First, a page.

BBS profits jump as demutualisation gathers pace

The Society will apply for a banking licence by October. PIC: KENNEDY RAMOKONE
The Society will apply for a banking licence by October. PIC: KENNEDY RAMOKONE

The Botswana Building Society (BBS) has bounced back to a bullish mood after recording a six percent rise in profits to P72 million for the financial year ending March 31, 2015.

In the previous year to March 2014, the Society’s profits declined four percent to P68 million. This year’s profit rise comes as the Society prepares to bolster its revenue by venturing into commercial banking sector with the submission of banking licence application to the central bank slated for October this year.

Board chairman Cross Kgosidiile said he was confident of the long-term prospects of Society, which will be enhanced by the commercialisation of the business, a process that is on track.

BBS has been pushing for demutualisation in order to better compete with commercial banks, which have aggressively encroached into its mortgage-lending mainstay.

Through demutualisation, BBS will convert from being owned by their members (the borrowers and savers of the society) to being a public limited company owned by shareholders.

Commercial banks have in the past few years grown their mortgage-lending book, as they become more risk averse through reduction of exposure to unsecured lending.

“We have completed the business plan for the envisaged bank and an application to become a company will also be lodged with the Registrar of Companies as this is a crucial step to becoming a bank in that the business must first change from the status of a building society.

“We will submit the actual application for a banking licence with the Bank of Botswana during the month of October 2015. We have been advised that feedback from the Bank of Botswana on the banking licence application takes up to 6 months. Therefore, at the maximum, we should receive a response on the application in March 2016,” said Kgosidiile.

A special general meeting is expected to be called before October where members, having fully considered the prospectus, will vote on the conversion of the business from a building society to a company leading to its subsequent registration as a commercial bank.  BBS’s biggest members include MVA Fund, Botswana Privatisation Asset Holdings and the Botswana Police Service Staff Fund.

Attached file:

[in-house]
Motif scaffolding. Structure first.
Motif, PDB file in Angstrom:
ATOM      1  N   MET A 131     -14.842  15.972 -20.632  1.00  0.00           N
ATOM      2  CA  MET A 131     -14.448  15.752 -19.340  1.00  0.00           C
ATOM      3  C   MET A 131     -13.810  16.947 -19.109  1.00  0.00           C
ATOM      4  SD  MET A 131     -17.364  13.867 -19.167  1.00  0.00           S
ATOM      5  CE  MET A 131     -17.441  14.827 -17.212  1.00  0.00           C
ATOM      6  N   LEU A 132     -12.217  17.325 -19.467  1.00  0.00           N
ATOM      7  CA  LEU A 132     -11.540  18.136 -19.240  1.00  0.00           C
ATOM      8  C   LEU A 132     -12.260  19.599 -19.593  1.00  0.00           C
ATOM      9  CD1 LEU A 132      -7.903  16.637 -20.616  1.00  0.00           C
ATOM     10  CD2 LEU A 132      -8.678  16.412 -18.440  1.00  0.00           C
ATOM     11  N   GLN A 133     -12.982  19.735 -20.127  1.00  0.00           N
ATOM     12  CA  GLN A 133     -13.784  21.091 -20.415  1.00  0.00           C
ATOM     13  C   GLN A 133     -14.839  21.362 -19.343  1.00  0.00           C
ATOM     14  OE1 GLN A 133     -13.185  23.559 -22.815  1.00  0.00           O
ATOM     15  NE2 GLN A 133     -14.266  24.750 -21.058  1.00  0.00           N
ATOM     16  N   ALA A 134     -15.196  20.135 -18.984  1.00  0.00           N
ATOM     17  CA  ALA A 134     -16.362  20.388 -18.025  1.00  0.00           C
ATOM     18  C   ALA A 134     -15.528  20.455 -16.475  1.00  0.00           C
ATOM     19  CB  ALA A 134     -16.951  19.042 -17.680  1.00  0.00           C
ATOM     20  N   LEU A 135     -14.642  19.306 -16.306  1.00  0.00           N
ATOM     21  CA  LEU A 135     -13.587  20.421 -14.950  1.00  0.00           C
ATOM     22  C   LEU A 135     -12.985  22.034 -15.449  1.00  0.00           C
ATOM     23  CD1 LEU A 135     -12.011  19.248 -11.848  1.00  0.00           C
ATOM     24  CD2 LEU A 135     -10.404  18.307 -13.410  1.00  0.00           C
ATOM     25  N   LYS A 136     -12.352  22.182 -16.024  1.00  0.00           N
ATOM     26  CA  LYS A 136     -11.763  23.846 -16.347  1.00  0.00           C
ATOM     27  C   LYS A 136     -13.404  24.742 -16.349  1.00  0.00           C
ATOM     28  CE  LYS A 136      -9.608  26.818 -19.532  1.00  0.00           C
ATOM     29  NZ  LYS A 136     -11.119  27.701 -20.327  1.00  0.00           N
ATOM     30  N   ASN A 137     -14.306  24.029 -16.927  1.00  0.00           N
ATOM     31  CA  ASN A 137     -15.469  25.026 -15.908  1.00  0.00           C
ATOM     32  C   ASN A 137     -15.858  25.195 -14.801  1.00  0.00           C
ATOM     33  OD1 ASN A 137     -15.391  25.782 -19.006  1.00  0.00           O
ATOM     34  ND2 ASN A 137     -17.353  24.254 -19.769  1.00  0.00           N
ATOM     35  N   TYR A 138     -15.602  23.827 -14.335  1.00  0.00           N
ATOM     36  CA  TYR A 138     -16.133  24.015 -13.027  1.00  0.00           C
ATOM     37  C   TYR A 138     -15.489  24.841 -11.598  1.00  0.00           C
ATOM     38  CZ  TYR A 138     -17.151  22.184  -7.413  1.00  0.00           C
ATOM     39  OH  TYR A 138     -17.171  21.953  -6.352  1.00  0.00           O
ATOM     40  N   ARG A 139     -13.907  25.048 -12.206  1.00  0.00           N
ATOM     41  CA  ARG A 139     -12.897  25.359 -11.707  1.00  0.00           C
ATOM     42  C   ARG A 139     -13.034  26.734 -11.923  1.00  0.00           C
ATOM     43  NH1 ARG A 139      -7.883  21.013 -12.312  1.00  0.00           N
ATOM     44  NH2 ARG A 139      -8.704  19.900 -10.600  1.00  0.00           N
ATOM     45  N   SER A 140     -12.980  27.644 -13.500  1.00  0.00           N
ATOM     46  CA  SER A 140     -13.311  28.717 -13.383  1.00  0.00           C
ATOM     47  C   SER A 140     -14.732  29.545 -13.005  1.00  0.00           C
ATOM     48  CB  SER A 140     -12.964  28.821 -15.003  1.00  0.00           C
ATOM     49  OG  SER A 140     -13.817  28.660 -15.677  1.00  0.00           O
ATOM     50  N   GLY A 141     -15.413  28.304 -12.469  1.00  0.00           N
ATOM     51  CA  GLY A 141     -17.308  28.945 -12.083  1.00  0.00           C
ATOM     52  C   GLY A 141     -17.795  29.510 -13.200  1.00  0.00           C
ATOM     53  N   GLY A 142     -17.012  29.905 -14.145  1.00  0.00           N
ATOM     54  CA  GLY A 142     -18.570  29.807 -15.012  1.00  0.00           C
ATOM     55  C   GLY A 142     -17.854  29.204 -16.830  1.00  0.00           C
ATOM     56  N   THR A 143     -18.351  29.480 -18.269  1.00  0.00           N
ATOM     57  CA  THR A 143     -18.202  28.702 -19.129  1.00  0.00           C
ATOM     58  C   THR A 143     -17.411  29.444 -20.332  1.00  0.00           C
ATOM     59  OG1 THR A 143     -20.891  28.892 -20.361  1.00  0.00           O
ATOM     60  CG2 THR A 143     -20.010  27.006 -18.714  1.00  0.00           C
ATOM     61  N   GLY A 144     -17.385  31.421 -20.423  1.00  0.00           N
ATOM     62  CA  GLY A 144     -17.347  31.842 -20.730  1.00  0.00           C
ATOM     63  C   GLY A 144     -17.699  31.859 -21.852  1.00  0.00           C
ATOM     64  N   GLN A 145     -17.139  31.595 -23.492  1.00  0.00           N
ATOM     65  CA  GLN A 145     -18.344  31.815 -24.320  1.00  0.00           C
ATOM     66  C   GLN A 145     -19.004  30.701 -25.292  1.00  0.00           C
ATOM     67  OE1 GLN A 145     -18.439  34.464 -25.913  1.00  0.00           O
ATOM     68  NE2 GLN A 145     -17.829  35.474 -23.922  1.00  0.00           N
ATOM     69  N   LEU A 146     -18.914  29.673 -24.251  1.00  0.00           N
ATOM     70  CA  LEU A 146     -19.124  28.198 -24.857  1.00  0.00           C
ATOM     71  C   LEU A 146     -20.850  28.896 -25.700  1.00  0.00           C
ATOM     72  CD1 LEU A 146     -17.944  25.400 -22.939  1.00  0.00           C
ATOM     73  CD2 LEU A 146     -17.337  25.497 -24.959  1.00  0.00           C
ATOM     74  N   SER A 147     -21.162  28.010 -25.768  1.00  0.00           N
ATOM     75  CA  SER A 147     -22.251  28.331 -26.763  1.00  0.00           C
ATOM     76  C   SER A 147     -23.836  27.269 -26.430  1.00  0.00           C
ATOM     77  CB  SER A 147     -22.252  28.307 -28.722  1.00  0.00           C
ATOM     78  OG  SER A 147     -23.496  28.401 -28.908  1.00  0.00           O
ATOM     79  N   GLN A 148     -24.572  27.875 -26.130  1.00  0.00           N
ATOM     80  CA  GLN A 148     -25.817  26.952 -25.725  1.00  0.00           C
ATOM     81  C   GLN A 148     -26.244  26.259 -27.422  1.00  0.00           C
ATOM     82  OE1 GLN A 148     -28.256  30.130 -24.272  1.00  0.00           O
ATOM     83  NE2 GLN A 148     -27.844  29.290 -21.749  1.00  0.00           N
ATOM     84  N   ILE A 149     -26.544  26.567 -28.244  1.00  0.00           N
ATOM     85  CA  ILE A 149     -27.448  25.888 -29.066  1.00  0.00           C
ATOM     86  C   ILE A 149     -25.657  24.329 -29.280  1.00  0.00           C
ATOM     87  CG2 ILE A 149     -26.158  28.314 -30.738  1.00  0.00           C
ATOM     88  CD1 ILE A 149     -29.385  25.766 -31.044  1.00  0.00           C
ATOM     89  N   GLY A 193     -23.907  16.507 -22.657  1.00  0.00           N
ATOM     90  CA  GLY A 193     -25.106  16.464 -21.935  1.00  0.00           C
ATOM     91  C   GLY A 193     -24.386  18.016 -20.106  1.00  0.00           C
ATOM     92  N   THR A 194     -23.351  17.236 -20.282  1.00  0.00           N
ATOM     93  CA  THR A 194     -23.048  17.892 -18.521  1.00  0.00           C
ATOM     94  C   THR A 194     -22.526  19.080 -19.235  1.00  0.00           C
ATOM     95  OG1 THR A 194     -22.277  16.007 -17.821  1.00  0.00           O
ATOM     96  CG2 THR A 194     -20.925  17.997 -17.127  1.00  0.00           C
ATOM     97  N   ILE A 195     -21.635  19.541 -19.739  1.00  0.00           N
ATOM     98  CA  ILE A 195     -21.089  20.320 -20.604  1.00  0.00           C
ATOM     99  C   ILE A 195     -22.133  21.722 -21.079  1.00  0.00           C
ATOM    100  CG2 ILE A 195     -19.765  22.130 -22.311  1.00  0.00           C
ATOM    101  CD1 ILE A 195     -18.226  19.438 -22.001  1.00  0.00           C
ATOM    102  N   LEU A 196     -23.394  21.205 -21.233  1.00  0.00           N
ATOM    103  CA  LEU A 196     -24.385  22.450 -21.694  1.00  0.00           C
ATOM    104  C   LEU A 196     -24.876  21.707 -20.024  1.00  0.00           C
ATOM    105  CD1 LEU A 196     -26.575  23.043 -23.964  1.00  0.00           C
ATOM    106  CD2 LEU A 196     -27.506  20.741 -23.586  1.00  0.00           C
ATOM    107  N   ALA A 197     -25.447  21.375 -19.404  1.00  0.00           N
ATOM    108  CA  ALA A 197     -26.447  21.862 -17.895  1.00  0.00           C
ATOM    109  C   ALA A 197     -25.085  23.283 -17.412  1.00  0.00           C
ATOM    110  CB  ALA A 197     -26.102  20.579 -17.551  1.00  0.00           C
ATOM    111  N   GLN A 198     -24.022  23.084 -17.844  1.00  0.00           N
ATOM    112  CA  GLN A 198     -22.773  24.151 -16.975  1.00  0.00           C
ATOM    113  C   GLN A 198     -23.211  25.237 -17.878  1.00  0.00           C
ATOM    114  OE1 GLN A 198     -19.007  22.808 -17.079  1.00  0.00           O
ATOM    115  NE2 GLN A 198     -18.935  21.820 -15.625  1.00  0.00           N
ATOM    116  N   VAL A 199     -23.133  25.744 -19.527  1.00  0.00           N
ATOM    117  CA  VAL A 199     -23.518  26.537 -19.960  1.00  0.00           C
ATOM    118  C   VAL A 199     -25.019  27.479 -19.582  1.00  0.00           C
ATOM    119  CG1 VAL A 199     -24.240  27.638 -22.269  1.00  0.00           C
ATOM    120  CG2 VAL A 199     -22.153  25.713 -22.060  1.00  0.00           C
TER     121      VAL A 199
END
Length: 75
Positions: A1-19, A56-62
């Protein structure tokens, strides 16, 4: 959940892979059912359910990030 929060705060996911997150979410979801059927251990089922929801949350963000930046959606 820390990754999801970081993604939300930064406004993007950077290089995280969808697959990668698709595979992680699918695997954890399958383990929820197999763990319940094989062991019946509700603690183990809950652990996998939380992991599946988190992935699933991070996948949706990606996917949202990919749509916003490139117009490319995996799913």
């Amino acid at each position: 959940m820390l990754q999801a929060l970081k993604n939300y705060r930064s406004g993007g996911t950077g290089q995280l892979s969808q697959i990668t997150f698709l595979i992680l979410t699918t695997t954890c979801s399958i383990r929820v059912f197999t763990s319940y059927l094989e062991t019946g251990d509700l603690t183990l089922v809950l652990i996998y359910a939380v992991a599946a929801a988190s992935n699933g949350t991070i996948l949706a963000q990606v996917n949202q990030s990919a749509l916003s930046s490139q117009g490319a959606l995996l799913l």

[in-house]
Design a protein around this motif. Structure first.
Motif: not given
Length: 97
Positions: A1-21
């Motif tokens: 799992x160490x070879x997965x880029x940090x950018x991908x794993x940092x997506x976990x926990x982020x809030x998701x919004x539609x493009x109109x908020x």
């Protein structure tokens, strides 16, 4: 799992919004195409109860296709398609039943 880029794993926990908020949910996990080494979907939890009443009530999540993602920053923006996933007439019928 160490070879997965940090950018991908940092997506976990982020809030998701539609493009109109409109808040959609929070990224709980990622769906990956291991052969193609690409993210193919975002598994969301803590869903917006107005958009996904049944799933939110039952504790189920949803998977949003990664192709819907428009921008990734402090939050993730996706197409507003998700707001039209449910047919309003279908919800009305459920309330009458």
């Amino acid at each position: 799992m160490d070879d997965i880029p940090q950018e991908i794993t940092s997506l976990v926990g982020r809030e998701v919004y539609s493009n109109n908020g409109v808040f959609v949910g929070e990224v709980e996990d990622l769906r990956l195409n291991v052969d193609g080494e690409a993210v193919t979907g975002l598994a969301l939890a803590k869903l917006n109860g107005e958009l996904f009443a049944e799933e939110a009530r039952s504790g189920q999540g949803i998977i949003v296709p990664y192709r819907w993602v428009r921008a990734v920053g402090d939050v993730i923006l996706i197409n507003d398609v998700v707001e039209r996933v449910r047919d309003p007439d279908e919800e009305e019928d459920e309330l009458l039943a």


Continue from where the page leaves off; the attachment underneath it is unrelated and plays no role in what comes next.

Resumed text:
Managing director, Pius Molefe stated that the profit attained was in no small part due to the focus on customer service so that BBS becomes the leading provider of financial services and products now and in the future.

Molefe emphasised that BBS is focused on becoming one of the leading home grown commercial banks to all those that it serves.

In addition to the Society’s profitability, total assets increased by 15% from P3.045 billion as at March 2014 to P3.496 billion in March 2015.

Long term loans and advances, after impairments, grew by 16% to P2.9 billion from P2.5 billion in March 2014. Cash and cash equivalents and investments with banks increased by P38.744 million or 12%.

However, short term loans and advances decreased by 3% from P78.9 million as at March 31, 2014 to P76.5 million because of the desire by BBS’ customers to save rather than spend their investments.

Cost to income ratio moved from 57% in March 2014 to 58% as at March 2015 mainly because of work being done on the demutualisation project. The Society declared a dividend  amount of P60.304 million. The payout to shareholders was an increase of 2% compared to a dividend of P59.125 million paid in the prior year.

Editor's Comment
What about employees in private sector?

How can this be achieved when there already is little care about the working conditions of those within the private sector employ?For a long time, private sector employees have been neglected by their employers, not because they cannot do better to care for them, but because they take advantage of government's laxity when it comes to protecting and advocating for public sector employees, giving the cue to employers within the private sector...

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